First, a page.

Gamma Knife Radiosurgery at NWH
Northern Westchester Hospital proudly brought Gamma Knife technology to the Hudson Valley in 2005, and is currently the only Gamma Knife Center between New York City and Syracuse. In 2013, Northern Westchester Hospital invested in the latest and most advanced Gamma Knife model available, the Gamma Knife Perfexion, to provide an even wider array of patients in our region with the benefits of this non-invasive treatment. To date, our expert Gamma Knife team has treated more than 700 patients with cyberknife technology in New York.
A Team Approach
If you are referred to The Gamma Knife Center at Northern Westchester Hospital (NWH), you will be evaluated by a team of specialists with extensive experience, including neurosurgeons, radiation oncologists, radiation physicists, neuroradiologists, oncologists, neurologists, nurses, and radiation therapists. We also consult with your referring physician, oncologist, neurologist, or other physicians. as needed. Candidates for the procedure are selected for treatment only after a thorough review of all prior records and imaging studies has been performed.
Who We Treat
Gamma Knife treatment is often the preferred treatment rather than conventional neurosurgery or radiation therapy, due to age, location of abnormality, or concurrent medical problems. In certain cases, Gamma Knife treatment may serve as a supplement to standard neurosurgical therapy, or as the preferred course of treatment when further traditional therapy is not recommended.
What is Gamma Knife Radiosurgery?
A Non-Invasive Alternative
Gamma Knife Radiosurgery is considered the "gold standard" of treatment for a broad spectrum of brain injuries and diseases. The Gamma Knife is not a knife at all—but a highly sophisticated, non-invasive device (cyberknife), with minimal side effects, that focuses high-energy gamma radiation on the affected area inside the brain.
Advantages of Gamma Knife Radiosurgery
- It is a single, non-invasive treatment that requires no incision
- It is performed under local anesthesia with mild sedation
- It eliminates risks of infection and adverse reactions to general anesthesia
- It is typically an outpatient procedure with fewer complications than traditional surgery
- It allows patients to leave the hospital within 24 hours, often without an overnight stay
- It only affects targeted tissue, sparing the surrounding brain
- It can be applied to a variety of brain diseases including tumors, blood vessel malformations, and some functional disorders
- It allows the patient and surgeon to communicate freely during the procedure, through both a video camera and an intercom
- It is approved by the FDA
- It can be used to treat inoperable diseases
- It can treat single and multiple brain metastases from a variety of primary cancers such as lung, breast, colon, kidney, prostate bladder and melanoma
- It allows patients to return to pretreatment activities within days, requiring little or no rehabilitative services
- It is reimbursed by most insurance payors, including Medicare
- More than 3,000 peer-review clinical articles support its use
- More than 700,000 people have undergone treatment worldwide, with an average of over 60,000 people a year.
Gamma Knife Perfexion Treatment Results
Over 700,000 patients in over 200 different facilities worldwide have been treated with the Gamma Knife. Following are treatment results for specific conditions:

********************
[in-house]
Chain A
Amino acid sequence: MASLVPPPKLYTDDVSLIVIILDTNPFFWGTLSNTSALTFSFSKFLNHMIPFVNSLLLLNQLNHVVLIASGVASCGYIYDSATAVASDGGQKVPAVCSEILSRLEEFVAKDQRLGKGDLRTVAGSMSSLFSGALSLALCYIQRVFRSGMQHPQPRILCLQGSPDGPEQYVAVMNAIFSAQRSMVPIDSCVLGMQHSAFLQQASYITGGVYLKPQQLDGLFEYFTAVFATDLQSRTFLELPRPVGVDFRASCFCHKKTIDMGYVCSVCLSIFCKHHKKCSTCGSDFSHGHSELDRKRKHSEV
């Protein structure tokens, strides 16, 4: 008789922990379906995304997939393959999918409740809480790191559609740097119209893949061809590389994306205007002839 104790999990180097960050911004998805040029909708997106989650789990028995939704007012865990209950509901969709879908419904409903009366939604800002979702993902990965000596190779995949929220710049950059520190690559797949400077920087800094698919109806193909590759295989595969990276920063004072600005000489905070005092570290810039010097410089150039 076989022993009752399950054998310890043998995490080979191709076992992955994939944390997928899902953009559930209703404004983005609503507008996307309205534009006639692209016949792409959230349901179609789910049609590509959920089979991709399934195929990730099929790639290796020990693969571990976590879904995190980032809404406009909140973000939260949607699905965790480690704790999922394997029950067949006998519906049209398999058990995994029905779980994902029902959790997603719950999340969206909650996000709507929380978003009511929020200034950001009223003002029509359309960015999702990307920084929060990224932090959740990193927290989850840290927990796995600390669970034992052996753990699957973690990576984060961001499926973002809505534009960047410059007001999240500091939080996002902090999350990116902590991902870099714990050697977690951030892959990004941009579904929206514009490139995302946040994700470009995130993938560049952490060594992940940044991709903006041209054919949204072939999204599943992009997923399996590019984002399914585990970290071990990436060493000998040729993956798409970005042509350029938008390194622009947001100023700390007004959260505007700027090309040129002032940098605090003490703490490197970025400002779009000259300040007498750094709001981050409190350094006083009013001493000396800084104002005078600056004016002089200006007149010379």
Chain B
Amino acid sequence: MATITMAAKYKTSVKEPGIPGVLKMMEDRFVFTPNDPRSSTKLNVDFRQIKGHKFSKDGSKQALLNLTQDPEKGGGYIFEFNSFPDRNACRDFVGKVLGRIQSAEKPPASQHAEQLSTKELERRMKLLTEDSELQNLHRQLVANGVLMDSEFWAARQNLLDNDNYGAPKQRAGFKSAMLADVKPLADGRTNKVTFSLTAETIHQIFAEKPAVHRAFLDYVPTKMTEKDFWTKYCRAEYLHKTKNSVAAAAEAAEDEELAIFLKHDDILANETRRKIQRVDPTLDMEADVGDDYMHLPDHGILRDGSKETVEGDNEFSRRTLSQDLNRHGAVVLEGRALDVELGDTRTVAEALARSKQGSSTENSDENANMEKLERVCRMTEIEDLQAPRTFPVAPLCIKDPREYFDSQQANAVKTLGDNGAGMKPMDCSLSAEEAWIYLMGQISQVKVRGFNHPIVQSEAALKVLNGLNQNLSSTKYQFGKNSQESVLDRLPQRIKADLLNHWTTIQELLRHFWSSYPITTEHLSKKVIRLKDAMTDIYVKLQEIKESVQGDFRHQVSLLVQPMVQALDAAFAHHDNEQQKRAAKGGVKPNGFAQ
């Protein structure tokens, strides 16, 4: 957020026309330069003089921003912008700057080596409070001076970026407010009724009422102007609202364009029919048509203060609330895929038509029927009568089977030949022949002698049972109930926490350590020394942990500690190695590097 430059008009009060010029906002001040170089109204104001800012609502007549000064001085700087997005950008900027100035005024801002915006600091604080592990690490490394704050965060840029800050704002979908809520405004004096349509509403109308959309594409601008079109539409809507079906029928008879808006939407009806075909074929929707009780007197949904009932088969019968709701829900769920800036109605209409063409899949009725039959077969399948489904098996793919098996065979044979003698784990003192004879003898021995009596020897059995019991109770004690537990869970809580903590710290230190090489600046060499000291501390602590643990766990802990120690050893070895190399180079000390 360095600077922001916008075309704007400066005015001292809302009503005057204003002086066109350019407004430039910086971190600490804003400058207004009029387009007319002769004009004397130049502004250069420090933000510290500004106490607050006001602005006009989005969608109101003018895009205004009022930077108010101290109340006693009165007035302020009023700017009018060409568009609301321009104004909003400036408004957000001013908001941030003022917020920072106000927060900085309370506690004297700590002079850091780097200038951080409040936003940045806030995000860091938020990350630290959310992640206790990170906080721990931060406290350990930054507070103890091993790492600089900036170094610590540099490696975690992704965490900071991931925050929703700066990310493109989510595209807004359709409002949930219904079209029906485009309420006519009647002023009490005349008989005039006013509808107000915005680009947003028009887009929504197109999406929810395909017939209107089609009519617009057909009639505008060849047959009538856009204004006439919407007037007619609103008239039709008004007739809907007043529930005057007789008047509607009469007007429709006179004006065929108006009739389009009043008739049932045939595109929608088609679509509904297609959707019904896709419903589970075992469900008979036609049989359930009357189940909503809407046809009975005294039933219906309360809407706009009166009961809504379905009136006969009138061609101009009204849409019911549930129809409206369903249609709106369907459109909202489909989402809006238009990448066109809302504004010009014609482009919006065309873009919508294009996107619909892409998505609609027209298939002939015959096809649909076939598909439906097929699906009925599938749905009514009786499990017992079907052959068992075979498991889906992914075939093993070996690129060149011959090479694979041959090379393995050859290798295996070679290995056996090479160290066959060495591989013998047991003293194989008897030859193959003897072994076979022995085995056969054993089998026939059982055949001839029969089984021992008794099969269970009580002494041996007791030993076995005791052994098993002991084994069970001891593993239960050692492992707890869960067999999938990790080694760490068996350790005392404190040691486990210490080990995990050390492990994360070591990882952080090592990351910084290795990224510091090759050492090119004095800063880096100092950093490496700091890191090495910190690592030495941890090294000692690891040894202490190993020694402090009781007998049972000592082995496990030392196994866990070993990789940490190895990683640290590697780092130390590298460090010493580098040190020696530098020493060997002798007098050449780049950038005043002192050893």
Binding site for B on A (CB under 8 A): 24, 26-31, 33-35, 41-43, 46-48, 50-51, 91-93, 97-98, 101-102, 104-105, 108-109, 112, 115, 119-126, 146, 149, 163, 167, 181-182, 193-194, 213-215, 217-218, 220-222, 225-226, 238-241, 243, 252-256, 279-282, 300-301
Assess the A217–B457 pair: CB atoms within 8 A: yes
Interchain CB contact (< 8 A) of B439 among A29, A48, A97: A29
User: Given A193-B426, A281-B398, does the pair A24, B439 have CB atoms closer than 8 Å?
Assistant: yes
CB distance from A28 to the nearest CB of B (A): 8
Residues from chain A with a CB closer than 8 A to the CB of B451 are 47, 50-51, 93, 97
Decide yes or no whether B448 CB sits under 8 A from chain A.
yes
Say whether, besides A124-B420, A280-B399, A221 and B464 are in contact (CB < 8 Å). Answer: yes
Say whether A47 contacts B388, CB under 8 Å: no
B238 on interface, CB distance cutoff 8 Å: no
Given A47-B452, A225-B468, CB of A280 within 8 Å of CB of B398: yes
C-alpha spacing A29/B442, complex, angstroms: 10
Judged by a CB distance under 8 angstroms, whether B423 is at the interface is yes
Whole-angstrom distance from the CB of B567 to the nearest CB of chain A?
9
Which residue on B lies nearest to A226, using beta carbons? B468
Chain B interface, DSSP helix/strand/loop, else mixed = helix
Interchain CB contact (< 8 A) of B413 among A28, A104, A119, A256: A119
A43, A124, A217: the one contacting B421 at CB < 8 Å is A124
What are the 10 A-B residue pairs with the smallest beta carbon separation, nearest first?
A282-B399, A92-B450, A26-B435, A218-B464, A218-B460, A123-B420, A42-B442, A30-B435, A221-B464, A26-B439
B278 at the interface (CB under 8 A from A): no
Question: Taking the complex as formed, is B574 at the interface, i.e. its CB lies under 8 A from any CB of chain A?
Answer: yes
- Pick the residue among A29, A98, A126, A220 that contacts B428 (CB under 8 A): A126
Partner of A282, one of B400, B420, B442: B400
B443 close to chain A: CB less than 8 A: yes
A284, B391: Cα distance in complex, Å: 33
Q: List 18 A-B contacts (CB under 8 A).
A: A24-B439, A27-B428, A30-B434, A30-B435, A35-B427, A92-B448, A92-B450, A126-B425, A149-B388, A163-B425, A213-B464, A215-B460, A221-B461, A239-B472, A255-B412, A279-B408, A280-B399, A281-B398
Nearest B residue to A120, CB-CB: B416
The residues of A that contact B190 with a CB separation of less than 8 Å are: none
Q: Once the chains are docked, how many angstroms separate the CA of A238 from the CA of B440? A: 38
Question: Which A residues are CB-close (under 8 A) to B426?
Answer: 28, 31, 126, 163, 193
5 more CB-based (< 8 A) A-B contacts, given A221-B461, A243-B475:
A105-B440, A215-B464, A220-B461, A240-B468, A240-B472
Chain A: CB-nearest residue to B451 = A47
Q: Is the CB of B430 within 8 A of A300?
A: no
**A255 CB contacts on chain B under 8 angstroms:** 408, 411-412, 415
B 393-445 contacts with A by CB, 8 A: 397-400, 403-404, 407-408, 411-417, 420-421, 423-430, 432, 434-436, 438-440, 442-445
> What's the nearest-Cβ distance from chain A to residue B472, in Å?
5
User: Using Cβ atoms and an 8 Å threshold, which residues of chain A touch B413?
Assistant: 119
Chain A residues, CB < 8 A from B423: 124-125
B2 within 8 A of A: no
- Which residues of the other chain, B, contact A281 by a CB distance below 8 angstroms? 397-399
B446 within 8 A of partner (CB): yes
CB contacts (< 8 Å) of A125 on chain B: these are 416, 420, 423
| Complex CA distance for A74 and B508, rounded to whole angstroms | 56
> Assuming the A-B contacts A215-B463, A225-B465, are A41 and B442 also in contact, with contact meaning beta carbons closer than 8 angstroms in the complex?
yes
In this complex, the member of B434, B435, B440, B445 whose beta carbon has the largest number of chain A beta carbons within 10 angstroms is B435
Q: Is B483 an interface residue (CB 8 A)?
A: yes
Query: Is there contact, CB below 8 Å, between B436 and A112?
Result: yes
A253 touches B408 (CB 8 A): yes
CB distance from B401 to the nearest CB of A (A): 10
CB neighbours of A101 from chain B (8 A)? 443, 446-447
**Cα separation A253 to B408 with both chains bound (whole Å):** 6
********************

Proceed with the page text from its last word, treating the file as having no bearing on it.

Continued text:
- Metastatic brain tumors: Achieves a local control rate that generally exceeds 85% in any brain location. Essentially comparable to open surgery, gamma knife radiosurgery is performed without anesthesia, the risk of infection, bleeding or complications – and without a lengthy hospital stay and convalescence.
- Meningiomas: 93-98% of patients experience long-term tumor control; some decrease in size, while others simply exhibit no further growth. For tumors less than 3.5 cm, clinical data also supports that the control rate after Gamma Knife Perfexion is equivalent to that of after surgical resection of Simpson Grade 1 tumors, and control rates superior to Simpson grade 2 and 3-4 resections.
- Acoustic neuromas (vestibular schwannomas): Clinical research reports long-term tumor control rates (5-15 years) in 93-100% for patients with tumors less than 3cm. Pre-treatment hearing can generally be preserved in 60-90% of cases. For intracanalicular tumors, hearing preservation can range from 73-100%. Clinical data also supports that greater than 95% of patients have preserved facial nerve and trigeminal nerve function. Level two evidence supports that 91% of Gamma Knife radiosurgery patients have no functional deterioration after treatment versus 61% of microsurgery patients.
- Pituitary adenomas: Clinical research supports tumor control rates for both secretory and non-secretory tumors to be between 90-100%. For secretory tumors, research reports approximately 50-60% of cases will achieve endocrine control in 12-60 months. Gamma Knife surgery is especially beneficial for recurrent or residual disease following surgery.
- Vascular malformations: Complete obliteration of AVMs takes place in roughly 70-90% of patients during a period of 6 months to 6 years. Post treatment, the patient’s risk of rupture progressively declines until it fails to be visible on follow up imaging.
- Trigeminal neuralgia: Initial pain relief reported ranges from 78-94%. Long-term pain relief varies from 32-81% across various treatment centers. Level 2 clinical research shows Gamma Knife radiosurgery to have the lowest rate of morbidity or sensory/nerve dysfunction when compared to other treatment techniques. Research also supports that repeat treatment for patients who experience a relapse of pain (after initial treatment) can offer an equivalent rate of pain control. The treatment goal is reduction of or freedom from medications.